Woods had arthroscopic surgery two days after the Masters, a procedure meant to get him through the end of the year. But when he suffered stress fractures in the same left leg while rehabbing the knee injury, he knew while hobbling around Torrey Pines that it would be his last tournament.
"Stability is something I haven't had in years," Woods said. "So it's nice to make a swing and not have my -- as I've said before -- my bones move. Since I had no ACL for a number of years, no matter what I did, it was always moving.
"So I would try and hit into my left side, but the more I did it, the more it would move. So one of the reasons why you saw me jumping off the ball is to get off that leg. It's nice to be able to hit into it for the first time."
There has been considerable speculation about Woods' swing. Would it change? How would that affect his game?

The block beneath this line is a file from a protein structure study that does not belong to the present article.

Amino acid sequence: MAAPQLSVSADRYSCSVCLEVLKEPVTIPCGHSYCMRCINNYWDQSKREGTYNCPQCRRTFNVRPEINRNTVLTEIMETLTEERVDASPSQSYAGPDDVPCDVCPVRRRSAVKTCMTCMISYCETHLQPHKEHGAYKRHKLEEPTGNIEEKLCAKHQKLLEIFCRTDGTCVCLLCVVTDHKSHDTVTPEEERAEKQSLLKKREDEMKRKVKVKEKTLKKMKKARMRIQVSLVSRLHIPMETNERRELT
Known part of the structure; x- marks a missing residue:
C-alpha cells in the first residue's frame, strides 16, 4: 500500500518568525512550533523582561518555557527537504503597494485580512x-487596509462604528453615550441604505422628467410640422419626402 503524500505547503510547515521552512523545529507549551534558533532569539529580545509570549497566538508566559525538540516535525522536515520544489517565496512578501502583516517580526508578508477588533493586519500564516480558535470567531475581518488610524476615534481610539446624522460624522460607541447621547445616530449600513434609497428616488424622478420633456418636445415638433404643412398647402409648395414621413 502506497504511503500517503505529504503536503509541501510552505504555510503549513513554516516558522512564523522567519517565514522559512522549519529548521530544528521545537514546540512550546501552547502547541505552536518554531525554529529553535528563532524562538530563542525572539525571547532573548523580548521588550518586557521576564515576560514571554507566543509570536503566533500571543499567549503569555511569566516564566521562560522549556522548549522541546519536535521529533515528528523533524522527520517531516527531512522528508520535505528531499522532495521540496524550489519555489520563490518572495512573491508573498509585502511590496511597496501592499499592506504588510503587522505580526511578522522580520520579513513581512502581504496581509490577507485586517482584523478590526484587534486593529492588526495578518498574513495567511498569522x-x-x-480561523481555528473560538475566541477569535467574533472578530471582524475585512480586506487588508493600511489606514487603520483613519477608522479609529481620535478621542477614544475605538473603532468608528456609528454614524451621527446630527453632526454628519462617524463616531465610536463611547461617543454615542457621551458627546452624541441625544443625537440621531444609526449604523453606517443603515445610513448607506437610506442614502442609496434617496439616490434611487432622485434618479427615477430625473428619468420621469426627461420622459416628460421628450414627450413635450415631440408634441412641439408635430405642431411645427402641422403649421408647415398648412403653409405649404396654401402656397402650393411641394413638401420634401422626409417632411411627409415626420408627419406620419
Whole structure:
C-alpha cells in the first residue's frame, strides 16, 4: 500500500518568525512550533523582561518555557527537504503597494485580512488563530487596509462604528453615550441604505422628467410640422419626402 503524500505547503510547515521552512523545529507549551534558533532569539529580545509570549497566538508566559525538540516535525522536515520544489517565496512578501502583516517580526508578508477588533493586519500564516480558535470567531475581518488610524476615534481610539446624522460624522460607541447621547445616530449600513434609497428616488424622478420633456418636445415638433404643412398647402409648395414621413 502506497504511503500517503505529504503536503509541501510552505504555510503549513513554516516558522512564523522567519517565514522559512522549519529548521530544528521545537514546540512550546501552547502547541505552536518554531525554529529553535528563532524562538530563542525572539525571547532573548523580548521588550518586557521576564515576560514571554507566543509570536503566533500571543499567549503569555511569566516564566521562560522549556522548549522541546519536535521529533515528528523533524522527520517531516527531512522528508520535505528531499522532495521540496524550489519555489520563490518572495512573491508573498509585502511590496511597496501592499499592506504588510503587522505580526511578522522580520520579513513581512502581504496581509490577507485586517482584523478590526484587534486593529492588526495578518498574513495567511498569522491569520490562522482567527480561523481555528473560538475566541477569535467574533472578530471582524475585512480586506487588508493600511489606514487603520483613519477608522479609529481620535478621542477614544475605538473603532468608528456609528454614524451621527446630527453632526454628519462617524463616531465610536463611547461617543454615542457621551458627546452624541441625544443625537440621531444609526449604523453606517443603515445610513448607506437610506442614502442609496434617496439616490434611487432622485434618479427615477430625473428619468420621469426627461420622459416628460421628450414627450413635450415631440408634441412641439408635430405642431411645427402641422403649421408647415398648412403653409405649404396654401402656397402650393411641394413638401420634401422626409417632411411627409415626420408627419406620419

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Only the most seasoned of golf swing analysts would be able to detect a difference -- if there is one -- in real time. Woods looks stronger and his swing is as powerful as ever. He hit all the shots Wednesday, and Haney said his short game is probably better because for a time during his rehab, that is all Woods could do.
"As far as my golf swing, I'm doing the same things I've been trying to do, but now I have a leg I can do it on," Woods said. "I feel great. I didn't think it would feel this good before the surgery or even just after the surgery because I hadn't known what it's like to feel this way. It's been so long. So to have it feel this healthy and this solid and secure, man, it's a great feeling."
"I think he's more stable," Haney said. "His knee is not flapping all over the place. It's nice to see him not in so much pain. Nice to see him be able to practice. He couldn't practice before. He was hurting so bad even when he was playing. I can't think those things can do anything but help. He hasn't hit a practice ball after a round since the British Open at Carnoustie [in 2007.] Now when he needs to, he can go to the range after a round and practice. That's got to be a good thing."